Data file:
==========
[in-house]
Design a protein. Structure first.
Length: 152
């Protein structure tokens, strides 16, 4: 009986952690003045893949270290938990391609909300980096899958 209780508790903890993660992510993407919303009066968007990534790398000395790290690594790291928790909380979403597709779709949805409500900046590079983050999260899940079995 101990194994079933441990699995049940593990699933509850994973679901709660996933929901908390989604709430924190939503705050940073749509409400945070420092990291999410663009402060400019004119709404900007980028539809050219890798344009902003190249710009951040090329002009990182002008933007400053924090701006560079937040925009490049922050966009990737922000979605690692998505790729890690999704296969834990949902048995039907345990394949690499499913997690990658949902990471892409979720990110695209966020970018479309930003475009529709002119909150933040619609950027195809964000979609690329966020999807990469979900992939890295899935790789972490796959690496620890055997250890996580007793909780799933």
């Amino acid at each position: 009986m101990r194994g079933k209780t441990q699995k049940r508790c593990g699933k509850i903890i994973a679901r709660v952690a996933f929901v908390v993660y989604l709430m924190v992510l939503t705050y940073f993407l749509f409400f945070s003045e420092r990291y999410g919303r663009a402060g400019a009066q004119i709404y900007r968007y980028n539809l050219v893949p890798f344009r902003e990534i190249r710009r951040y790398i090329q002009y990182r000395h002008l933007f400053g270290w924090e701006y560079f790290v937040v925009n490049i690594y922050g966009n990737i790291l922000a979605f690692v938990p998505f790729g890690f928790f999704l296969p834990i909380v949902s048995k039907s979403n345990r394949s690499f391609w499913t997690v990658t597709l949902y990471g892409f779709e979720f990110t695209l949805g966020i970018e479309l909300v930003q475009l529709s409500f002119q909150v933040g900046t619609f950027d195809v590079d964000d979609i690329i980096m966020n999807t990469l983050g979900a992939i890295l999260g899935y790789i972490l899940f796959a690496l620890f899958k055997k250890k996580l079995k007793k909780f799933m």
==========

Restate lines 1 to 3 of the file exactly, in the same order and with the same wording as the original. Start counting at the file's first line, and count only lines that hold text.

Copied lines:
[in-house]
Design a protein. Structure first.
Length: 152